At the end of the conference on tourism and the media, British travel writer and BBC TV host John Bell gave the closing speech. He ended it with good advice, paraphrasing JFK, when he said, ‘tourism boards, ask not what the media can do for you, ask what you can do for them. Be reachable. Be contactable. Because there is nothing worse than having no reaction when bad things happen…and they inevitably do.”
Over a glass of champagne later, I asked Bell about what he does for work, besides his travel writing and television work for the BBC. Crisis management was his answer.
“I was in Northern Kenya last week,” he said. “A tourist was shot. An Italian, well you might get away with that, but a Brit. That’s the worst!” He works with the agencies that governments hire to make sure their message gets out the right way. “There is nothing worse than silence,” he said. I asked him for a good example of PR gone wrong.
“The Oberoi Hotel bombings in India,” he said. “They took 60 hours to respond to the bombings. The owner was somewhere unreachable and no one would do anything. I rang up the hotel reception and they answered that there were men with guns drawn in the lobby. But no one got anything out until 60 hours later. It was the he worst way to handle it. Silence breeds speculation, which creates uncertainty, and the clients lose control of the situation entirely.
John said his favorite country, of the hundreds he’s visited, is still North Korea. “It’s surreal. It’s like nowhere else in the world,” he said. He recalled being there with other journalists and challenging the North Korean KGB to a bowling contest in a rarely used, and barely known about American style bowling alley. “We beat them, and they had their own cheerleaders! Up there, you can ask someone ‘who are the Beatles?’ and they won’t have any idea. When you buy a radio the tuner can only pick up one station. One!”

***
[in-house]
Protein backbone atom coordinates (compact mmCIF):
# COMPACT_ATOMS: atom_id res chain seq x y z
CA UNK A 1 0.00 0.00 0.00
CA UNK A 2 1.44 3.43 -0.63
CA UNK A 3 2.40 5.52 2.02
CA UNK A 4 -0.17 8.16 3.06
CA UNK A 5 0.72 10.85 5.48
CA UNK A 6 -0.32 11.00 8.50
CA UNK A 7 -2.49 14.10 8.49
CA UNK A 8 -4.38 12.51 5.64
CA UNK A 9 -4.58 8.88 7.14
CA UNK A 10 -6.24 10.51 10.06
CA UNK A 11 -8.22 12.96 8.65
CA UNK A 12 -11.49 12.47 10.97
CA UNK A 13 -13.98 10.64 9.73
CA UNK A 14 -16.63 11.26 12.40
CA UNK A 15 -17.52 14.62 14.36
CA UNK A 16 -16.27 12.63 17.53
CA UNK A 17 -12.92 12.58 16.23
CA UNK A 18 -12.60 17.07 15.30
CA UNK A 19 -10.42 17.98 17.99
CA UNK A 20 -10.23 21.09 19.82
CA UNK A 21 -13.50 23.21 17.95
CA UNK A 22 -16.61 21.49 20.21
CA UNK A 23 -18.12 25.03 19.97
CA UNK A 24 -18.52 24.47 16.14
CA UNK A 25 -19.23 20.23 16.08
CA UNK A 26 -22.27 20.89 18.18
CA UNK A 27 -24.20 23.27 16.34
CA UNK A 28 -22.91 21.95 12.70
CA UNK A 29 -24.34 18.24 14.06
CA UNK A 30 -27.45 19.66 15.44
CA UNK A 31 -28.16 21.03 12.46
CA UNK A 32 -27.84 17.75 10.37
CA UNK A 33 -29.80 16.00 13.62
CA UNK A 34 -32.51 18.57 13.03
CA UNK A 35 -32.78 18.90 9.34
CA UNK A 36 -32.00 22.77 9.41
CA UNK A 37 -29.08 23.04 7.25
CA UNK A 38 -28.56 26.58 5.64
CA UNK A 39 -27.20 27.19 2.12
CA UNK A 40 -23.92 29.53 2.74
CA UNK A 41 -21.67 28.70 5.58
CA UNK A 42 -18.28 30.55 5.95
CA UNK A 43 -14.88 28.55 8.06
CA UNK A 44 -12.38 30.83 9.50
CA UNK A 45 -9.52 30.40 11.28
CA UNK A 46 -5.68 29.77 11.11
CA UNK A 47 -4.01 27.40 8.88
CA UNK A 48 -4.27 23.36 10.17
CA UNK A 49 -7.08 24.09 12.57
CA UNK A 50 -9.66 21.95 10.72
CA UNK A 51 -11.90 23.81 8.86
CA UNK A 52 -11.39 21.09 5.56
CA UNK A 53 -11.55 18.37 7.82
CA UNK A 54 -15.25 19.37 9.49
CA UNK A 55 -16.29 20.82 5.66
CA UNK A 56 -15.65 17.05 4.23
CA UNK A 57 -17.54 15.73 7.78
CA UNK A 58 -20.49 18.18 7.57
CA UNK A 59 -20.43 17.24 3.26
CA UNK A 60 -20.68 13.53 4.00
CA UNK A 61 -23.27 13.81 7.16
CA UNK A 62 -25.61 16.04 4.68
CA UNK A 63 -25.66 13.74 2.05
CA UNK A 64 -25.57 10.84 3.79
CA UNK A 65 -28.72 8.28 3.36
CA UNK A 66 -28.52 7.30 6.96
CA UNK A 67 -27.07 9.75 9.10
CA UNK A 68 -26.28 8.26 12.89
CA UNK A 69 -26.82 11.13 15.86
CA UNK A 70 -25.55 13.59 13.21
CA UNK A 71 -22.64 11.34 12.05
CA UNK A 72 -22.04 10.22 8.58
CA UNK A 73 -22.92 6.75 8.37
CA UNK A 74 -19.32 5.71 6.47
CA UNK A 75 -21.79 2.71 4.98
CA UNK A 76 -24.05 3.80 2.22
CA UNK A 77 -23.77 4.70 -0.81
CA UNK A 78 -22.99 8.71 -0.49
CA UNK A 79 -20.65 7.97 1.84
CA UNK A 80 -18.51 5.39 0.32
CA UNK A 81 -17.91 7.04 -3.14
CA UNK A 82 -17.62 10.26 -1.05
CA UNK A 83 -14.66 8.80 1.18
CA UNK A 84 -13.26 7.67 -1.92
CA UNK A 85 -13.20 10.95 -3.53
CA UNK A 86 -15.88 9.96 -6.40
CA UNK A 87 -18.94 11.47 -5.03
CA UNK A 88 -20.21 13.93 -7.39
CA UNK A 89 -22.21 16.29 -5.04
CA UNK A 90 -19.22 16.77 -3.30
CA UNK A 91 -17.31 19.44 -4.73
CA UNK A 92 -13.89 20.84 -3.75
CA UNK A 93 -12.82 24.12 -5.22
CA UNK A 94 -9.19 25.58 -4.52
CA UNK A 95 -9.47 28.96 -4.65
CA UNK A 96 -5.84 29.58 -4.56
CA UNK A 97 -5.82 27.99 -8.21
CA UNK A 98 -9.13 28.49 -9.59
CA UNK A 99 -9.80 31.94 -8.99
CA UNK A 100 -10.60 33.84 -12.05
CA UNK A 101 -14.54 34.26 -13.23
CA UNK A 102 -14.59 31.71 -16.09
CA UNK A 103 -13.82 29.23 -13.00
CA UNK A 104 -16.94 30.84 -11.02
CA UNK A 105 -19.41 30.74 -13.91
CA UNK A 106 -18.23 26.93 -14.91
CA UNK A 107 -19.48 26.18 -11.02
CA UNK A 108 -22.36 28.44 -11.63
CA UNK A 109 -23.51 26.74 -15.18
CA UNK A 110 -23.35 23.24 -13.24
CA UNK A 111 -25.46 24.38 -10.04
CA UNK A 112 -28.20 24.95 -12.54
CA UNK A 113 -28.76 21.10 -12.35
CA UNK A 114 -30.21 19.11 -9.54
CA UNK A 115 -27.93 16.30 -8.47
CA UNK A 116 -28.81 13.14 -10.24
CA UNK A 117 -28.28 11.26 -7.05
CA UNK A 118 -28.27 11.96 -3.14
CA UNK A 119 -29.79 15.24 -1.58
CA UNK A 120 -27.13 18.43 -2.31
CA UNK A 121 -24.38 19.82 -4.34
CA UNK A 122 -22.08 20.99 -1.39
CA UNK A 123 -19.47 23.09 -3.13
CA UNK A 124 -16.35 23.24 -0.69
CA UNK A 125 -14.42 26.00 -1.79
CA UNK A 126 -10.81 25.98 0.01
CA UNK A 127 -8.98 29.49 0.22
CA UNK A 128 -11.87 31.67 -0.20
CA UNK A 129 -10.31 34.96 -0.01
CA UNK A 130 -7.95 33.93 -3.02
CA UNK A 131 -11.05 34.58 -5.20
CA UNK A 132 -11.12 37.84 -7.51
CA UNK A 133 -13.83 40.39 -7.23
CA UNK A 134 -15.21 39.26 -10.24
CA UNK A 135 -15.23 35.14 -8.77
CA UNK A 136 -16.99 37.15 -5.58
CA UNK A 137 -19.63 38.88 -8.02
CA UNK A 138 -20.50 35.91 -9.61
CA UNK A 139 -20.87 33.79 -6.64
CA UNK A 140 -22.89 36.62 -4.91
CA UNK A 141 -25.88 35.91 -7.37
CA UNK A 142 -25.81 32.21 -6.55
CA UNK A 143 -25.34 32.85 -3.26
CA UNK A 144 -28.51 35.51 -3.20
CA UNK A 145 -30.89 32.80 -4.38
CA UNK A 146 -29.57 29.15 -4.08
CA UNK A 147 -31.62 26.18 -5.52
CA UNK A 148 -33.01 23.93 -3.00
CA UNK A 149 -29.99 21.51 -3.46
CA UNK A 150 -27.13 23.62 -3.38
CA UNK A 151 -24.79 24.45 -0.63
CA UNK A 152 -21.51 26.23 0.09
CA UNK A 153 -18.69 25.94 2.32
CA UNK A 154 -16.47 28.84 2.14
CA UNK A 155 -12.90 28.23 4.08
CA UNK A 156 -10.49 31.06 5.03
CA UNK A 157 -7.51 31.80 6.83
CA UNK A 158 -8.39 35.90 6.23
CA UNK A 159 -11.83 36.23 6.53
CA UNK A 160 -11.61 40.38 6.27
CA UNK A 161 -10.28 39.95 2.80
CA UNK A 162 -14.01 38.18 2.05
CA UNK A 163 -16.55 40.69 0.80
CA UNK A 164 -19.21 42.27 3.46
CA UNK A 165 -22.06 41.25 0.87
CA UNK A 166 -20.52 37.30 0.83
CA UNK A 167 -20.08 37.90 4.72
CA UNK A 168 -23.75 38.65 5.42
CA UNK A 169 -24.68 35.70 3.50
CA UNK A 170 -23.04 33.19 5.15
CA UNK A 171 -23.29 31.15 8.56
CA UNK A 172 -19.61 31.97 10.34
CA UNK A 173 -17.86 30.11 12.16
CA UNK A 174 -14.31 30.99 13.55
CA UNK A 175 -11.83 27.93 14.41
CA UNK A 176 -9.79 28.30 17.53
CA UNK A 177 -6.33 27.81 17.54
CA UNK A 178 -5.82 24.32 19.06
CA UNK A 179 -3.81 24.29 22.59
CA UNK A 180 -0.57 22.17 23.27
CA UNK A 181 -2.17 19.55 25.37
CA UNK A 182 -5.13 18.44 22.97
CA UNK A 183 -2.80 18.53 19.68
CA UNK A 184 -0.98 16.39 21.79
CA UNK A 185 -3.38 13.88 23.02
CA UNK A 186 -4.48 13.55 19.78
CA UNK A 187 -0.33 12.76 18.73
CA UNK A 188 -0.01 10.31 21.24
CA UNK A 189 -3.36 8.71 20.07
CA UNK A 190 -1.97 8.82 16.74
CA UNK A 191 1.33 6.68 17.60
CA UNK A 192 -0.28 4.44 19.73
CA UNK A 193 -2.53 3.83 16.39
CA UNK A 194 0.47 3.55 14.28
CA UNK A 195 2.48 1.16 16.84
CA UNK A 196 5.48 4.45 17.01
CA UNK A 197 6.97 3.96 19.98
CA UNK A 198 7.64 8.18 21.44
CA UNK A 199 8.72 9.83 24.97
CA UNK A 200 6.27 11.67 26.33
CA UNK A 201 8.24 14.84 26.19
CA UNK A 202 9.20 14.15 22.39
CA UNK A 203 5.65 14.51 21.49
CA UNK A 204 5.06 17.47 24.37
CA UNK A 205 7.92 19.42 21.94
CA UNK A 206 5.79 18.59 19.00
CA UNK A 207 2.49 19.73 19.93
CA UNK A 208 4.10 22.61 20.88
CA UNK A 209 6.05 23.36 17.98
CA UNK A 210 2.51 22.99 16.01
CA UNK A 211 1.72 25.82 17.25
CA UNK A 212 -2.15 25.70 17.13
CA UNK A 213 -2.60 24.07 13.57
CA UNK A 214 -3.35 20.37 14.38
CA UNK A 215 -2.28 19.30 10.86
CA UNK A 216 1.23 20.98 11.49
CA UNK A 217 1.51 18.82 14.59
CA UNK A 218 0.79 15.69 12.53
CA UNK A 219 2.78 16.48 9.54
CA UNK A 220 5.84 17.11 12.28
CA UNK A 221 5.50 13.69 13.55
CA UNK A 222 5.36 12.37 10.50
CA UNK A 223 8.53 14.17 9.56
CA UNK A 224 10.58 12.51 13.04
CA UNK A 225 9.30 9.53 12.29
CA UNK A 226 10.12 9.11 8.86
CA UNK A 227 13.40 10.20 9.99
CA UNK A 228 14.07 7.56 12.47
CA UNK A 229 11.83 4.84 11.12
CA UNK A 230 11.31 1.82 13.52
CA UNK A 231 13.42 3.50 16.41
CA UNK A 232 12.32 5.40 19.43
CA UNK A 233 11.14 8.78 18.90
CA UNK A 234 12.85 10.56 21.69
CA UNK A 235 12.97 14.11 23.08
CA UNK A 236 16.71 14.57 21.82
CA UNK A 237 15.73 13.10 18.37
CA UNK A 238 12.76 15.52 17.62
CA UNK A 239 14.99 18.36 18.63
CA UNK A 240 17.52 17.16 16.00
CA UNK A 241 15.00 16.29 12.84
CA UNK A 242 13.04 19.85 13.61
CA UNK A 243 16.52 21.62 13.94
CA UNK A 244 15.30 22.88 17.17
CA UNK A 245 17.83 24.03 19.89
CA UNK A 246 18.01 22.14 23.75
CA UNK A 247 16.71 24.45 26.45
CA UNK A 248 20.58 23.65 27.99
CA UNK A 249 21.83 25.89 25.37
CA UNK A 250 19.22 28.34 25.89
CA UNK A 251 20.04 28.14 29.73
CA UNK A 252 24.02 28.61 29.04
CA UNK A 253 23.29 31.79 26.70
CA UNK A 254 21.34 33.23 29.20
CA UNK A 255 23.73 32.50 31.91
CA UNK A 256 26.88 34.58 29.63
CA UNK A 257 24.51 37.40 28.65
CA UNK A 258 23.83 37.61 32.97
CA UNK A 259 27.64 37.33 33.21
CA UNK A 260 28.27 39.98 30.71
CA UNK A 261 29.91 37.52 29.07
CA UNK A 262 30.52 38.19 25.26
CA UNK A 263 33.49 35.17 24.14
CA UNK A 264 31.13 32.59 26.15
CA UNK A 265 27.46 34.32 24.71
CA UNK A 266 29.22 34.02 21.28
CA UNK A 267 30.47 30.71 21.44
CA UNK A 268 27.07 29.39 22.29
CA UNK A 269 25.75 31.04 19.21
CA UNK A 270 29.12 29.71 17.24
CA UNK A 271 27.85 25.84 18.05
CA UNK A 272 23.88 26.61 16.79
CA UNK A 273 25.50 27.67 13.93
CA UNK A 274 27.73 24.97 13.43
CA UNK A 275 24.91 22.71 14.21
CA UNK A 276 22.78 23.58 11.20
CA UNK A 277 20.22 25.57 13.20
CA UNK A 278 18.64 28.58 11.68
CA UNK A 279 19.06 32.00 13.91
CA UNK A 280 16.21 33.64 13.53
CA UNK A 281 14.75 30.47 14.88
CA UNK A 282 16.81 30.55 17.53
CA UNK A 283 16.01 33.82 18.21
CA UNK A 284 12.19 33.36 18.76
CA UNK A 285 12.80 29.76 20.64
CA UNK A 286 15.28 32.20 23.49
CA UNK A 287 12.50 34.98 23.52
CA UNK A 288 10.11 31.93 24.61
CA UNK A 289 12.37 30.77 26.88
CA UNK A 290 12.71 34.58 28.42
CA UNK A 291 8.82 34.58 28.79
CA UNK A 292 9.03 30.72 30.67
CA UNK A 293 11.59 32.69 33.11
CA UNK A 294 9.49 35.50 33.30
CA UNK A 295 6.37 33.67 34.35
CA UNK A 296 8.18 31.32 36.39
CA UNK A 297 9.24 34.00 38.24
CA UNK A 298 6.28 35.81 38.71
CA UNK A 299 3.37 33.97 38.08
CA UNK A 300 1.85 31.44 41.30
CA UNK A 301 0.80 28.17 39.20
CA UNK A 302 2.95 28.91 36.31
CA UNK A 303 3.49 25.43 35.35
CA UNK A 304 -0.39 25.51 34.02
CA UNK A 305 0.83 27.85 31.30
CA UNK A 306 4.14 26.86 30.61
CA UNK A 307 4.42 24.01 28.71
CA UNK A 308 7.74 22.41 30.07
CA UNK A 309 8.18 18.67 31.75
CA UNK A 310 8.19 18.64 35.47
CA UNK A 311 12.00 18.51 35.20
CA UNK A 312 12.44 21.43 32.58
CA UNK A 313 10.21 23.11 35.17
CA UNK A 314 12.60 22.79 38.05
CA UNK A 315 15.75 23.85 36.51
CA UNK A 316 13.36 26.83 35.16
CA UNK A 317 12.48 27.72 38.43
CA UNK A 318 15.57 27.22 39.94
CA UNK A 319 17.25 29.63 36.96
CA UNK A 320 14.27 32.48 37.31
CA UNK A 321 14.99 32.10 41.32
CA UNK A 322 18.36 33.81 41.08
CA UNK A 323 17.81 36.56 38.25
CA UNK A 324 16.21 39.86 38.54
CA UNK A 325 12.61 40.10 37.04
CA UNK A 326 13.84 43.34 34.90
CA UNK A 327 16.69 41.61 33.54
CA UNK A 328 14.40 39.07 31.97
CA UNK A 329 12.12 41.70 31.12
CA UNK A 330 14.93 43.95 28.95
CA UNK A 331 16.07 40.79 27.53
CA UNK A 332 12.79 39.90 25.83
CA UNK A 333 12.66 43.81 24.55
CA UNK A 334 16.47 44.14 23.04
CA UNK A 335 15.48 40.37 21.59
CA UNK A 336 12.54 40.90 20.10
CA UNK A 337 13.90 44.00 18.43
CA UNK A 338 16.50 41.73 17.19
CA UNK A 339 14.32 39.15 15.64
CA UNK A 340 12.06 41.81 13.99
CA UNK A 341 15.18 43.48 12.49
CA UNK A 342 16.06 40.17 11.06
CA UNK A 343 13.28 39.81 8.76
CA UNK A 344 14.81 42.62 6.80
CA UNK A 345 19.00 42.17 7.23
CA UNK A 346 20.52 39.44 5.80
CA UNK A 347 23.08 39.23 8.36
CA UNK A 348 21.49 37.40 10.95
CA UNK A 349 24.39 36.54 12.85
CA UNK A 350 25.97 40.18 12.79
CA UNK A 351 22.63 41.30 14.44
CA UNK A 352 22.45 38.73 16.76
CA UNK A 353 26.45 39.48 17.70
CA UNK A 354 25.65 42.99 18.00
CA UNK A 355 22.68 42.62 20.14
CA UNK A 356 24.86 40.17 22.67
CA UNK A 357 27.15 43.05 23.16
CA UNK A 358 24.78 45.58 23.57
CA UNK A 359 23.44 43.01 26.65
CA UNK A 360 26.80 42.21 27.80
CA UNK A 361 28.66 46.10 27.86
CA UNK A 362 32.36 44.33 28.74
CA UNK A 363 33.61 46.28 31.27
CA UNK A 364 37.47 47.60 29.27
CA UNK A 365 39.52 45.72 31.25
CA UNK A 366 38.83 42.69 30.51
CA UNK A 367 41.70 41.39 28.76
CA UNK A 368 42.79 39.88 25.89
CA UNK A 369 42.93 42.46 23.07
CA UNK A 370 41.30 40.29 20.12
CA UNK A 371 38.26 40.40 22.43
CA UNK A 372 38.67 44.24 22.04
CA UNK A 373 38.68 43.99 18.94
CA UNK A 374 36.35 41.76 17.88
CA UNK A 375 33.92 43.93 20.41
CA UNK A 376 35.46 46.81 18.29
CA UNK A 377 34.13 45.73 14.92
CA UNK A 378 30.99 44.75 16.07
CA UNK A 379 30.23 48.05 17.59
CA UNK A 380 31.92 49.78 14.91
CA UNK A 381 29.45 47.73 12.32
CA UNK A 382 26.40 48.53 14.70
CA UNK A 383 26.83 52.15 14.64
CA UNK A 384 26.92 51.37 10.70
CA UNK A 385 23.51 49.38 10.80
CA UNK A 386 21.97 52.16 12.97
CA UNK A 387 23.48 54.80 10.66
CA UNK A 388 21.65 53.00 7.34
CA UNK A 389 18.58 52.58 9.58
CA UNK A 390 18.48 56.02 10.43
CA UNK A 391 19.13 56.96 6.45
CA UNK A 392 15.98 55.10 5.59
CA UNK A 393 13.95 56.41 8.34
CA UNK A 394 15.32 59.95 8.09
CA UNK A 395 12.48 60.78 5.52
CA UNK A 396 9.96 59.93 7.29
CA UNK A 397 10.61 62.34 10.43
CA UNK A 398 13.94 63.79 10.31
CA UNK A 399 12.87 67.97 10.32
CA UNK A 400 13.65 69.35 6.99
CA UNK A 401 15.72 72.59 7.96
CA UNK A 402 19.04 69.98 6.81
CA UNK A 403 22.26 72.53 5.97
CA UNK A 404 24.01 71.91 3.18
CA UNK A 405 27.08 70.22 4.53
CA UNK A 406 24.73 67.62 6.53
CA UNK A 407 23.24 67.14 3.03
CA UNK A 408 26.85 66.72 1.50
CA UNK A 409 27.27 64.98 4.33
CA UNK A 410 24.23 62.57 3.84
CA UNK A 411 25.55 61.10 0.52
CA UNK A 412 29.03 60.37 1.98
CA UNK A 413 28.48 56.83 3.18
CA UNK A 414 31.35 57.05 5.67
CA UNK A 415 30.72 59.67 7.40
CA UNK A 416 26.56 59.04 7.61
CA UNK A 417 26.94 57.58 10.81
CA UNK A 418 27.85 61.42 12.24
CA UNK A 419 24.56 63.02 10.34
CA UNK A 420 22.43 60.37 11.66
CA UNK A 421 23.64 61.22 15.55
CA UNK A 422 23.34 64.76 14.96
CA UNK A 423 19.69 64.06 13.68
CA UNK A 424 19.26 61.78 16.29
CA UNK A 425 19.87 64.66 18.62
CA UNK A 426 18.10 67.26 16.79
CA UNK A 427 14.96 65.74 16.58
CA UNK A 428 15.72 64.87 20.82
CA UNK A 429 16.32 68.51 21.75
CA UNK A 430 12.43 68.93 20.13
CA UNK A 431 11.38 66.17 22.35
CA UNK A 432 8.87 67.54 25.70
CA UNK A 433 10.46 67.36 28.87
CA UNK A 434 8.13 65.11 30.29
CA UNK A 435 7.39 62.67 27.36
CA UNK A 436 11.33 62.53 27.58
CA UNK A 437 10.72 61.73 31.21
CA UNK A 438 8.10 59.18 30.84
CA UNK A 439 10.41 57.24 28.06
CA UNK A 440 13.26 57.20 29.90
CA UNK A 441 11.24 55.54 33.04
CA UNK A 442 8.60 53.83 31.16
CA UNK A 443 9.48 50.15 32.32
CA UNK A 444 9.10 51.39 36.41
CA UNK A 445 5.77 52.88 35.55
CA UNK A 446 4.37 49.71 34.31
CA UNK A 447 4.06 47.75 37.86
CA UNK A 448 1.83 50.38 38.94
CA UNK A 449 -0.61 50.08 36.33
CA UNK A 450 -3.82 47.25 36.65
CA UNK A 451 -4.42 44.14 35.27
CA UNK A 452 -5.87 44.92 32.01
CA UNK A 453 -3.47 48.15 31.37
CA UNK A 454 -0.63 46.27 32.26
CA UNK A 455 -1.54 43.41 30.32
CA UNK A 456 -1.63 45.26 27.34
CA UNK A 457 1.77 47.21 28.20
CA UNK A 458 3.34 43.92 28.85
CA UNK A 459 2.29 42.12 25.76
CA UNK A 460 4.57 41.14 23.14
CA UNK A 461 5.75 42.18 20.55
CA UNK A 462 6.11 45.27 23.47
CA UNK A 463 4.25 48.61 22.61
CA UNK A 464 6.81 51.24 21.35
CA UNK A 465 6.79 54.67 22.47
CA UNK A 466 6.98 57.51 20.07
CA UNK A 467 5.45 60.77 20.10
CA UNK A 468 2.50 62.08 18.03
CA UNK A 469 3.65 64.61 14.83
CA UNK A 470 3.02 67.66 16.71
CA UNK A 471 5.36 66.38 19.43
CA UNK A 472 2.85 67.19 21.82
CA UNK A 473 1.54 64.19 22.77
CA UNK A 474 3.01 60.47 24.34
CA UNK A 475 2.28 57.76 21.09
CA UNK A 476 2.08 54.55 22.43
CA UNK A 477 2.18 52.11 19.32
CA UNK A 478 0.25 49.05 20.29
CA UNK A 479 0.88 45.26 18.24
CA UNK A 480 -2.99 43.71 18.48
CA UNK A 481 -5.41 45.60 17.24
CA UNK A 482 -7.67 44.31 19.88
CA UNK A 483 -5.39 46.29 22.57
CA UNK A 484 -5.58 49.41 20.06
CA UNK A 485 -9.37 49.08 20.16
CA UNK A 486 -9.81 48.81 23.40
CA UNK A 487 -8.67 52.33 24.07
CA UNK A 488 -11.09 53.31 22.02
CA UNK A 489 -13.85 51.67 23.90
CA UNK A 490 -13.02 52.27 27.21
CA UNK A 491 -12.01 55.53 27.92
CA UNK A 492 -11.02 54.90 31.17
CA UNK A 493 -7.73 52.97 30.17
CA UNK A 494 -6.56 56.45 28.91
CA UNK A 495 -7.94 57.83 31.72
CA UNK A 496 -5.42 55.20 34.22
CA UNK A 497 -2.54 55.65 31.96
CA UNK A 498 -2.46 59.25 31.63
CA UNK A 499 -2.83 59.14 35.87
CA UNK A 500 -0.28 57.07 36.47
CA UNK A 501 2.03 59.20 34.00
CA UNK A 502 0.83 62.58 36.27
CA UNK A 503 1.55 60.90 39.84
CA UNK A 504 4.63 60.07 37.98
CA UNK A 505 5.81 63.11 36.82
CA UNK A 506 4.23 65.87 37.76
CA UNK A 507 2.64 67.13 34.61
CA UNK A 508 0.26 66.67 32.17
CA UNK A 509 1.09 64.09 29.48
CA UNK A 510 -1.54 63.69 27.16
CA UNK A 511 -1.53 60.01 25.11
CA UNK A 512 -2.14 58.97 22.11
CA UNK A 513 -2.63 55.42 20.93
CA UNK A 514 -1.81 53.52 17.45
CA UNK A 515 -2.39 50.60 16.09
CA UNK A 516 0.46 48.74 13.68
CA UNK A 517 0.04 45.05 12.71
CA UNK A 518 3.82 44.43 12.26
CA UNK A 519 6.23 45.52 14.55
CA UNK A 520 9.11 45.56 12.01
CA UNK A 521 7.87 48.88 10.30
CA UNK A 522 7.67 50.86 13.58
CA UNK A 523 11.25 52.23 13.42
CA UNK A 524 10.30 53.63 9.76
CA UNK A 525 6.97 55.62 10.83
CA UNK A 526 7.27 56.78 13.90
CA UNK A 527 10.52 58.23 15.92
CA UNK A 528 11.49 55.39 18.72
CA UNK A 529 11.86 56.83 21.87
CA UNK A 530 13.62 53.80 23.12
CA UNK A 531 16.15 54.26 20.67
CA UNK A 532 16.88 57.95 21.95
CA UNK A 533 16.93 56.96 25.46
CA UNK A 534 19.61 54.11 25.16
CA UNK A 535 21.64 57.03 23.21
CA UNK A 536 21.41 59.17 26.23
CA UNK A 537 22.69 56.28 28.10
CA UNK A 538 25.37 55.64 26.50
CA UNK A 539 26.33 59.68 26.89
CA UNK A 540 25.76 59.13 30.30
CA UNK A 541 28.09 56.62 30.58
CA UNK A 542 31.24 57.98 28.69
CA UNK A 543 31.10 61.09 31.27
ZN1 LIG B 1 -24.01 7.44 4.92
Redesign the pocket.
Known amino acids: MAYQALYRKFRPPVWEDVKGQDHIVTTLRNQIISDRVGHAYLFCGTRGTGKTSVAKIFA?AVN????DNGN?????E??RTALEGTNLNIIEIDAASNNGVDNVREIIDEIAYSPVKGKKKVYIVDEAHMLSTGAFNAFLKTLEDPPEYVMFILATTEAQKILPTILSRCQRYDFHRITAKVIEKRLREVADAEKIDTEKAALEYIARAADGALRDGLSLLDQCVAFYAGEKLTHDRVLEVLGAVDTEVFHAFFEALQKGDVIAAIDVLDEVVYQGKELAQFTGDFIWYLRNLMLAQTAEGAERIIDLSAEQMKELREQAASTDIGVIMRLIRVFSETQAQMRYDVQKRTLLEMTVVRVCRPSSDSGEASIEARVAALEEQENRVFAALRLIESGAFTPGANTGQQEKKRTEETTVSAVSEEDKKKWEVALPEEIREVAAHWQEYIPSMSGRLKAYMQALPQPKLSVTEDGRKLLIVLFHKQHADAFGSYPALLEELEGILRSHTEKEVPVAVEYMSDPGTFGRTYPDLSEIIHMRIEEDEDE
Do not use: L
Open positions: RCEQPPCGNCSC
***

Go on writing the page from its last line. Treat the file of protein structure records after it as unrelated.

He visited Iran last year and the country’s vice president was with their entourage. His American friend was worried that the Iranian official would think he was the devil, fearing what being an American might mean to the man. “I told him to just tell a joke, and it would break the ice. He did, and the VP spent the rest of the trip with them, he loved it.” At one point the VP held his hand during a photograph. John didn’t know what to do, but realized it was a sign that all was well.
Bell teaches video production to British and European students when he’s not managing world PR crises, and sounds like he still gets a big kick out of the traveling life. He’s a man after my own heart, ready to go at the drop of a hat, and never afraid to say hi, tell me your story to anyone, regardless of their politics or reputation.